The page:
Pass Rush Has Paid Dividends vs. Minnesota

If there’s been one constant in the previous three victories over Minnesota, it’s that the Packers have gotten steady pressure on the quarterback, no matter who it’s been. - More Audio | Video | Packers-Vikings Game Center Notebook: Coston’s Health Could Factor Into Guard Decision Mike McCarthy Press Conference Transcript - Nov. 9

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DE Aaron Kampman gets one of his three sacks against Minnesota QB Tarvaris Jackson in last year's Packers-Vikings matchup at Lambeau Field on Dec. 21, 2006.

If, as expected, Brooks Bollinger starts at quarterback for Minnesota on Sunday at Lambeau Field, he will become the fourth different starter at that position for the Vikings in their last four games against the Packers.

But if there's been one constant in Green Bay's previous three victories in the series, it's that the Packers have gotten steady pressure on the quarterback, no matter who it's been.

When it was Brad Johnson on Nov. 12, 2006, the defense racked up four sacks. Against Tarvaris Jackson on Dec. 21, it was three sacks, all by Aaron Kampman. And earlier this season, facing Kelly Holcomb on Sept. 30, it was four more sacks.

What's been the secret? Well, it's not as though the Packers are going to reveal it, even if they could pinpoint it. But the truth is, they haven't really stopped to think about how they've compiled 11 sacks against the same foe in three games.

"I wish I knew," Kampman said. "Obviously we'd like to see that happen again."

The run of relentless pressure on Minnesota QBs began with a string of blitzes. In last year's four-sack game against Johnson, three of the four were recorded by linebackers on blitzes. A.J. Hawk had 1 1/2 sacks, Brady Poppinga had one, and Nick Barnett had 1/2 (Cullen Jenkins had the other sack in that game).

But the Packers haven't relied on the blitz by any means. In the last two games, all seven sacks have been tallied by defensive linemen -- Kampman leads the way with four, followed by Kabeer Gbaja-Biamila with two and Ryan Pickett with one -- so mixing up the pressure packages has helped.

Defensive coordinator Bob Sanders noted that down-and-distance and game situations have played a part as well. Three of the 11 sacks have come on third-and-6 or longer, while four others have come either late in the game or late in the half when the Vikings have been in a pass-only mode.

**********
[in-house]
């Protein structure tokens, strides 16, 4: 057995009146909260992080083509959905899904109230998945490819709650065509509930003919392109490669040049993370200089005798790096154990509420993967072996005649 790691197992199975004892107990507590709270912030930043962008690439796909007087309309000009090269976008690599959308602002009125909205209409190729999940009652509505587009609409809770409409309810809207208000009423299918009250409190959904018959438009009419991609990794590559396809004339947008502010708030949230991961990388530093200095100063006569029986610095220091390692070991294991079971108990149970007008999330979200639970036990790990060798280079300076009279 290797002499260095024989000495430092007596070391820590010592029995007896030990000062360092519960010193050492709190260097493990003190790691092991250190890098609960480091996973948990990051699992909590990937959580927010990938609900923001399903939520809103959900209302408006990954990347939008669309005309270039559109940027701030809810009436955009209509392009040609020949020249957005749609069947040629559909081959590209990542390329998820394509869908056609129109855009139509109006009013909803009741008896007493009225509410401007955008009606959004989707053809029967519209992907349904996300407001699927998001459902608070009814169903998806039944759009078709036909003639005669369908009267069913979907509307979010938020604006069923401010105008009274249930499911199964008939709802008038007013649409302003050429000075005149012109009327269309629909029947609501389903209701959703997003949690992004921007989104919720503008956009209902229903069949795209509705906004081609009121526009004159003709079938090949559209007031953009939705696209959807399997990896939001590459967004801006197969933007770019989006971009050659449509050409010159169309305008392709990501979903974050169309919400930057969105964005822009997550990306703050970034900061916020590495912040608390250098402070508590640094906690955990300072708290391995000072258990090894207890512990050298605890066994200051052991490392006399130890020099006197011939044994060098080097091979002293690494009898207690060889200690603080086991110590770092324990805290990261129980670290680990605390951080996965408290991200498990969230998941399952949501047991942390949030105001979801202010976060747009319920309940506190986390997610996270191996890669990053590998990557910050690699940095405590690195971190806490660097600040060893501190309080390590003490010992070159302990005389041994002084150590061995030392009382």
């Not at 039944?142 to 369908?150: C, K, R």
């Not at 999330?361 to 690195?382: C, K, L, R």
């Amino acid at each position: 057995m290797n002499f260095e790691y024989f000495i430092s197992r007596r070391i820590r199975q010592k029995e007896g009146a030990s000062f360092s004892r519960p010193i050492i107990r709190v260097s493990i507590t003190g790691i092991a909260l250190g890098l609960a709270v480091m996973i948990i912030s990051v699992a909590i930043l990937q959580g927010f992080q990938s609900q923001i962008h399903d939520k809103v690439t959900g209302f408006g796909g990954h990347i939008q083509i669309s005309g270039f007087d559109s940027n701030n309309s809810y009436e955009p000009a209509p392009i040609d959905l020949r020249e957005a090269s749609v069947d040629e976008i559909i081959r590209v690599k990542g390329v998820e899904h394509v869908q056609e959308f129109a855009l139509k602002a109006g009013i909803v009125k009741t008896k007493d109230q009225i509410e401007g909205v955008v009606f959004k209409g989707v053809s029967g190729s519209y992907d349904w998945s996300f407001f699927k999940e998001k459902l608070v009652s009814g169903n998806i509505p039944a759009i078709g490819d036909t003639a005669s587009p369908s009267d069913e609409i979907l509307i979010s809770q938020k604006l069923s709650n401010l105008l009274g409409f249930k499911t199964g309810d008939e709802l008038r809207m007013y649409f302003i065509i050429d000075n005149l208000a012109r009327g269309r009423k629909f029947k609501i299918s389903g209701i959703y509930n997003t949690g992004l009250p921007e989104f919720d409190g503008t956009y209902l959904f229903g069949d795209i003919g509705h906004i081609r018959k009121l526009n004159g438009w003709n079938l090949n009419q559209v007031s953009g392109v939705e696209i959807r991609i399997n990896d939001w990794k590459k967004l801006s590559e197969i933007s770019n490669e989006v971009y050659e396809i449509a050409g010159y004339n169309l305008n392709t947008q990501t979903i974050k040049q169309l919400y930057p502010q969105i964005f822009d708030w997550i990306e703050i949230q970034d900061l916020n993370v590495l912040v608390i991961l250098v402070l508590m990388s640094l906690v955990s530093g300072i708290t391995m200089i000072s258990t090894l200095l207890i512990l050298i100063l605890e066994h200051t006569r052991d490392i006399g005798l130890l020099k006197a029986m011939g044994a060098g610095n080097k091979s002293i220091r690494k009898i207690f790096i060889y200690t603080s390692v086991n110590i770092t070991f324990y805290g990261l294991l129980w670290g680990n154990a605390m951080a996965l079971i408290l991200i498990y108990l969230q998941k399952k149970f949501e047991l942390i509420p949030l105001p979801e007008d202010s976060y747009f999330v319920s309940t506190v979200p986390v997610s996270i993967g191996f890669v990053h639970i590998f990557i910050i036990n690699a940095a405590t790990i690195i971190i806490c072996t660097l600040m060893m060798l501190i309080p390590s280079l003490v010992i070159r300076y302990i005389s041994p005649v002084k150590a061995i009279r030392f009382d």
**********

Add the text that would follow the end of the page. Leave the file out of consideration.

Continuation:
That's a defensive lineman's treat, and the Packers have taken advantage.

"Coach turns us loose and lets us go, and I love it when he does that," Corey Williams said. "When he gives us the 'go' call, that means hey, get to the quarterback."

Bollinger, the former University of Wisconsin star, brings some mobility against the rush much like Jackson did last year. In that start at Lambeau Field, Jackson rushed five times for 23 yards.

That becomes a coaching point both leading up to and during the game, that the defensive linemen must stay in their rush lanes and keep the quarterback from escaping.

"Every week you try to hold the quarterback in there," Sanders said. "Some are more mobile than others, but certainly you want everybody in the pocket and throwing. We're well aware of those situations and we talk to the guys about it."

{sportsad300}The other factor that could play into Sunday's pass rush is Minnesota's running game with Adrian Peterson. The dynamic rookie is the one player who can keep Bollinger and the Vikings out of obvious pass situations and keep the defensive linemen and linebackers from being able to concentrate solely on applying pressure to the QB.

"With the way their running backs are playing, it adds a new dimension with the play-pass and those types of things because you have to get out hard on the run, but then you have to be certain to hold deep," Sanders said. "It's going to be a big challenge for us.

"You like to tweak the things you try to do and adjust, but you don't want to get away from your base stuff. I'm sure they don't either. But we'll have a few new wrinkles here or there."

Wrinkles that hopefully will keep the sacks coming.

"We have to be able to get them in a passing game," Kampman said. "A team that's running the ball as well as they are, we've got our work cut out for us to get them in that situation, and like any week, that's always our focus.

"We want to stop the run, we always do, and get them in position where we can play to another one of our strengths, which is rushing the passer. It will be no different this week."

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